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Autism Res. 2017 Sep;10(9):1558-1566. doi: 10.1002/aur.1806. Epub 2017 May 5.

Identifying the clinical needs and patterns of health service use of adolescent girls and women with autism spectrum disorder.

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Department of Psychology, York University, Toronto, Ontario, Canada, M3J 1P3.
Adult Neurodevelopmental Services, Centre for Addiction and Mental Health, Toronto, Ontario, Canada, M5V 2B4.
Department of Psychiatry, University of Toronto, Toronto, Ontario, M5T 1R8.


Girls and women in the general population present with a distinct profile of clinical needs and use more associated health services compared to boys and men; however, research focused on health service use patterns among girls and women with Autism Spectrum Disorder (ASD) is limited. In the current study, caregivers of 61 adolescent girls and women with ASD and 223 boys and men with ASD completed an online survey. Descriptive analyses were conducted to better understand the clinical needs and associated service use patterns of girls and women with ASD. Sex/gender comparisons were made of individuals' clinical needs and service use. Adolescent girls and women with ASD had prevalent co-occurring mental and physical conditions and parents reported elevated levels of caregiver strain. Multiple service use was common across age groups, particularly among adolescent girls and women with intellectual disability. Overall, few sex/gender differences emerged, although a significantly greater proportion of girls and women accessed psychiatry and emergency department services as compared to boys and men. Though the current study is limited by its use of parent report and small sample size, it suggests that girls and women with ASD may share many of the same high clinical needs and patterns of services use as boys and men with ASD. Areas for future research are discussed to help ensure appropriate support is provided to this understudied population. Autism Res 2017, 10: 1558-1566.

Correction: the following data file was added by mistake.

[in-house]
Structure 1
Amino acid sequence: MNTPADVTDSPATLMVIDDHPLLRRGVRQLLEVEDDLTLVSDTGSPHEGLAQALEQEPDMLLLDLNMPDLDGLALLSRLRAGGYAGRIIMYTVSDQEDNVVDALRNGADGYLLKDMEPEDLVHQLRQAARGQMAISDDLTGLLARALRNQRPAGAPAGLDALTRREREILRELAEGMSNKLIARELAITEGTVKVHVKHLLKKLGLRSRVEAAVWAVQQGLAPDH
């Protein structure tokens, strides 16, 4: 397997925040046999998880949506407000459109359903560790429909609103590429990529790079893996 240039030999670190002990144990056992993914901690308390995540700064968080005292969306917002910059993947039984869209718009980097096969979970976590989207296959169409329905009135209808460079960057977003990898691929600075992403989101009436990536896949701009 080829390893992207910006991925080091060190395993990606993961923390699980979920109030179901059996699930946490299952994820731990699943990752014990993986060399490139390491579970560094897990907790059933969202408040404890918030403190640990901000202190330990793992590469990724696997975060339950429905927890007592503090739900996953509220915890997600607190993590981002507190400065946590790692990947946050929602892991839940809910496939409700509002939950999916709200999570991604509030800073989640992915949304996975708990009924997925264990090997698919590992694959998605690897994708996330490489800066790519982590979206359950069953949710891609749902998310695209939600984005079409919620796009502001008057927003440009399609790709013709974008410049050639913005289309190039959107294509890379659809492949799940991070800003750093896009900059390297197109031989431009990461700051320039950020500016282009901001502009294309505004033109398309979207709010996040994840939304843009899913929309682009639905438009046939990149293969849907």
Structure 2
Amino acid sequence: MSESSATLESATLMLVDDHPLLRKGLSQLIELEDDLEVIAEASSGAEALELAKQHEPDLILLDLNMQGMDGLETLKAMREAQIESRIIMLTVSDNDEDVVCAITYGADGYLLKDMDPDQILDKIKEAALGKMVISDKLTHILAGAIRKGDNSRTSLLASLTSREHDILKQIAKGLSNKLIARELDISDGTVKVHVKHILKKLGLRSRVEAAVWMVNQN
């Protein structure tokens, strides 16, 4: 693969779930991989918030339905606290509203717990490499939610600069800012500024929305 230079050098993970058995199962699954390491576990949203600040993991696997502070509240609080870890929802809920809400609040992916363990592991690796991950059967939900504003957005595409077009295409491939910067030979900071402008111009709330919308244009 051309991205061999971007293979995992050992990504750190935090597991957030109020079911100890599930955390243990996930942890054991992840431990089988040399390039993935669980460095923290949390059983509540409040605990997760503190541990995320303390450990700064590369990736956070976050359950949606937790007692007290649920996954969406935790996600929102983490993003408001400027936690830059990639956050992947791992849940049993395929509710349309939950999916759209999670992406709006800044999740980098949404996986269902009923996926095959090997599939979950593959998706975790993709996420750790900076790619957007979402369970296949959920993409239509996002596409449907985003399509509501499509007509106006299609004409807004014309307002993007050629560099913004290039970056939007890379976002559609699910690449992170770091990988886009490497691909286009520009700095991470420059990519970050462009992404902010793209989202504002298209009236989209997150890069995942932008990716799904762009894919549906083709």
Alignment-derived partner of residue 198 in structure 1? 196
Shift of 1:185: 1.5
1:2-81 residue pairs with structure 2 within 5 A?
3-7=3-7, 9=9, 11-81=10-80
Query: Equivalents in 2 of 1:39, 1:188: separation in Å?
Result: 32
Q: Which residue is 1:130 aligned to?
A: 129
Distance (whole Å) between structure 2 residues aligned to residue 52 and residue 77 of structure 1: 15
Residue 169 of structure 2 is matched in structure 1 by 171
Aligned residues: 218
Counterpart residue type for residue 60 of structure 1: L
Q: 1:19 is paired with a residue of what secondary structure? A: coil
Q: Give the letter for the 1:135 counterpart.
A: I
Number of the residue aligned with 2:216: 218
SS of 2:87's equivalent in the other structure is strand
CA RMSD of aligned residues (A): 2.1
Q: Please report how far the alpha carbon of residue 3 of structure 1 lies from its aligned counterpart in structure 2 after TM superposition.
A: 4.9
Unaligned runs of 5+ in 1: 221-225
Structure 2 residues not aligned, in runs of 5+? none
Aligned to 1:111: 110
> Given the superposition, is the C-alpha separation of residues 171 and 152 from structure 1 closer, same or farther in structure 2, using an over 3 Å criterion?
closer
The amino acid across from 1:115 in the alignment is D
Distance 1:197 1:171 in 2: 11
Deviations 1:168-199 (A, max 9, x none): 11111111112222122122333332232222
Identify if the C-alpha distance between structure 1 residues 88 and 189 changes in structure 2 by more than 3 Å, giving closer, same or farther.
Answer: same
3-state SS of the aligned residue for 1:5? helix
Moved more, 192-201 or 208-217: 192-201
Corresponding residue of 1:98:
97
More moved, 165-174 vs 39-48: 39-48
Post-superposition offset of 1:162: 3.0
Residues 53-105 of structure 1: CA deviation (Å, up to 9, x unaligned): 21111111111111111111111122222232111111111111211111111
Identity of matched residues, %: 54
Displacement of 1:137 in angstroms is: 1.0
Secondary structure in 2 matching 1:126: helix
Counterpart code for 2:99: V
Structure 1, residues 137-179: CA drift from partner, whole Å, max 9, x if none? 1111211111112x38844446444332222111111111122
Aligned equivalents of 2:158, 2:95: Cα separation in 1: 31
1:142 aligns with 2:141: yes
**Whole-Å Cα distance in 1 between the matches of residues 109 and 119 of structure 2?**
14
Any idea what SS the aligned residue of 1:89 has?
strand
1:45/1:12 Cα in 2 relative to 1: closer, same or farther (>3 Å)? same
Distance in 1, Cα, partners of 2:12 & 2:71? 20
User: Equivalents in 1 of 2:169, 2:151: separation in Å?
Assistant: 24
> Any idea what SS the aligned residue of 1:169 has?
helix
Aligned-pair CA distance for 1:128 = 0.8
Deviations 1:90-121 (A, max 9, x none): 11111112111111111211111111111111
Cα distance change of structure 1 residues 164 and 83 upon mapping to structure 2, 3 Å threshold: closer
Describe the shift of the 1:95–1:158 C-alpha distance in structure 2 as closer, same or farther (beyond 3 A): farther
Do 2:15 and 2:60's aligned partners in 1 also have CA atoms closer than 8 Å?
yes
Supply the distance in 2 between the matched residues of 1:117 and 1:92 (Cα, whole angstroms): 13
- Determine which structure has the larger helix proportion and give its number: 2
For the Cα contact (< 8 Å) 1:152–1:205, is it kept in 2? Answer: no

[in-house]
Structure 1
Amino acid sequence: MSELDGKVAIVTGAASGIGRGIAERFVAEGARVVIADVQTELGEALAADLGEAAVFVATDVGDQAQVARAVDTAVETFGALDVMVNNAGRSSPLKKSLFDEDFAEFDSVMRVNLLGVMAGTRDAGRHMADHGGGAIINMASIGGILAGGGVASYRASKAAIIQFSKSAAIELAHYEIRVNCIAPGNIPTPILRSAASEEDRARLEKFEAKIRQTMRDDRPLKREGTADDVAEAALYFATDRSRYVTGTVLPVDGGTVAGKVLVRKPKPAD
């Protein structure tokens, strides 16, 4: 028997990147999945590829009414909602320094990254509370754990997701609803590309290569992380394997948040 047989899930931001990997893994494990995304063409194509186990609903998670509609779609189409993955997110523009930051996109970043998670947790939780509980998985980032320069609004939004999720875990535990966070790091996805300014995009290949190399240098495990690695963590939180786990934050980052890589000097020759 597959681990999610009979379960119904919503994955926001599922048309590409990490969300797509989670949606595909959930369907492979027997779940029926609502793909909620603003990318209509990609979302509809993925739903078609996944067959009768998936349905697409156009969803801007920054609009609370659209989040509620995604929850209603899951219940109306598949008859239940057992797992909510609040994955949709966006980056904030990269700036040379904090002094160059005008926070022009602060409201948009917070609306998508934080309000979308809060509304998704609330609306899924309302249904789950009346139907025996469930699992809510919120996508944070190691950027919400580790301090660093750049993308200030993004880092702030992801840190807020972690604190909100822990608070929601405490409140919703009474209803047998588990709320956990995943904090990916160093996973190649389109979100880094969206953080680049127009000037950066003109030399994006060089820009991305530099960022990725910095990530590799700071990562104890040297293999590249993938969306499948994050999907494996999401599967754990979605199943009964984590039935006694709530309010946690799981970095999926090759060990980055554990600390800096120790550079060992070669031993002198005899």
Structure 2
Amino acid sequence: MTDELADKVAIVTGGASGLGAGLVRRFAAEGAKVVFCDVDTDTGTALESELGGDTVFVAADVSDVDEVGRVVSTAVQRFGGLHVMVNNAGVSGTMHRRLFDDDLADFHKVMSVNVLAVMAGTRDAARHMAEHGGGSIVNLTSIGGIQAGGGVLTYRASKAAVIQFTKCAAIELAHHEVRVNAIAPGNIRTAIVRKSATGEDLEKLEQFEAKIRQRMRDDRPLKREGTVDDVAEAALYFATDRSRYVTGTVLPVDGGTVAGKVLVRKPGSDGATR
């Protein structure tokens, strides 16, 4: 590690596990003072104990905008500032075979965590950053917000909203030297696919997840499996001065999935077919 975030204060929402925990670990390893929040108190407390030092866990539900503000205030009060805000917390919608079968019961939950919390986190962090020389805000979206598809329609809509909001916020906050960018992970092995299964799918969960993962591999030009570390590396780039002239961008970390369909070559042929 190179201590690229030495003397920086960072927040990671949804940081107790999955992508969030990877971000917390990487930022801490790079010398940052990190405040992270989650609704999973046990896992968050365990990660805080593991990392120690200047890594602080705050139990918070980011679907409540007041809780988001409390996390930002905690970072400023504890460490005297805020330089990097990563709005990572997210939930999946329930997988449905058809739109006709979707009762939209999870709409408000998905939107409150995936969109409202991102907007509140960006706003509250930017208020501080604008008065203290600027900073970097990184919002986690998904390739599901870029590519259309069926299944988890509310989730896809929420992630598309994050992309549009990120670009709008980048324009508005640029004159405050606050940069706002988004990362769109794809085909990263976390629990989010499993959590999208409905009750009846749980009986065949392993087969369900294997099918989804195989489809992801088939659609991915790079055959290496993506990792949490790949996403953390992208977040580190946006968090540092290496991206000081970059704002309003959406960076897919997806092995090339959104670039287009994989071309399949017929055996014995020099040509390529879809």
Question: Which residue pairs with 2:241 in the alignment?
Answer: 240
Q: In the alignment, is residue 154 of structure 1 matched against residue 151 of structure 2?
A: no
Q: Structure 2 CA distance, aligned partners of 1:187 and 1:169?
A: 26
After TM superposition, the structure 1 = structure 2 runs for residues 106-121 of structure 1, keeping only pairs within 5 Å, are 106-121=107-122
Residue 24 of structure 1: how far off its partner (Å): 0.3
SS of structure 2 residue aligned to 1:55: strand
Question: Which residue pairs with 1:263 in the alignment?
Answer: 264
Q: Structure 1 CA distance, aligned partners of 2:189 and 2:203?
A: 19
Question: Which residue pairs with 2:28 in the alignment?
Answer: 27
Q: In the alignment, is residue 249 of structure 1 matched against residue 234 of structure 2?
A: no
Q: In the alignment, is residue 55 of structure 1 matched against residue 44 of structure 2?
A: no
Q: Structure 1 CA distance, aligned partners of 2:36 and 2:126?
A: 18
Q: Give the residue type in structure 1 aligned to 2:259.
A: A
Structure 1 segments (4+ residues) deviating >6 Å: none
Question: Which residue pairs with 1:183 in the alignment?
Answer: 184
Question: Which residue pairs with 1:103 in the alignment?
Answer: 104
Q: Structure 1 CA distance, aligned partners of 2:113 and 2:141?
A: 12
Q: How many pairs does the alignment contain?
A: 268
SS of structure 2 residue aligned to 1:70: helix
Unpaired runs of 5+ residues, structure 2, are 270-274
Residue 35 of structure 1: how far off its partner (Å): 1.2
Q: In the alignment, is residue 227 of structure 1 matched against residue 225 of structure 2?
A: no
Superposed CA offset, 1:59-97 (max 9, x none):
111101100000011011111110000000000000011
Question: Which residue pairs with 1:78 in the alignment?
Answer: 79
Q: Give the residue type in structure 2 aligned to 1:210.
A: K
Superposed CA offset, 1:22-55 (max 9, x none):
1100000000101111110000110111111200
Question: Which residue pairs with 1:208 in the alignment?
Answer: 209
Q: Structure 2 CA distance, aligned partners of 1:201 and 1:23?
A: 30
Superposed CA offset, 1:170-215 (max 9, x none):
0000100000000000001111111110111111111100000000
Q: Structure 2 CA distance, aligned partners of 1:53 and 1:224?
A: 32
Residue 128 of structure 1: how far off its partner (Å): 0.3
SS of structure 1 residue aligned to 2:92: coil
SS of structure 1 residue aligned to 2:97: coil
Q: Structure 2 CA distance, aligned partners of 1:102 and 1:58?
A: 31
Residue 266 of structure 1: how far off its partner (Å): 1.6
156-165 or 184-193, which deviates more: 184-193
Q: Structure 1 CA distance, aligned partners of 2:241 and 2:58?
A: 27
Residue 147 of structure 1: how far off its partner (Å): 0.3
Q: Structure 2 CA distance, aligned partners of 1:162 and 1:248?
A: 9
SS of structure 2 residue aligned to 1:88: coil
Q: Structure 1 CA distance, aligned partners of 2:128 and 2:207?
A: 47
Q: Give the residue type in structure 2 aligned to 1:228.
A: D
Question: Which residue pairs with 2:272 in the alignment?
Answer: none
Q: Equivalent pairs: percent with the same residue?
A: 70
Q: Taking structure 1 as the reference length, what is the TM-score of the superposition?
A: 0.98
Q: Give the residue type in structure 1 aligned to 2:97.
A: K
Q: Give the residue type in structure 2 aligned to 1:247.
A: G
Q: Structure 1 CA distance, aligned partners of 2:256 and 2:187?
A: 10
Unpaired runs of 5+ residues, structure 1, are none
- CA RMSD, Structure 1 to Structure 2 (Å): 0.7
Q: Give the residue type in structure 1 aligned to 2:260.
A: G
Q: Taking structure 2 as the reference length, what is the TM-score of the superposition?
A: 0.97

adolescent; adult; autism spectrum disorder; gender/female autism spectrum disorder; service use; sex differences

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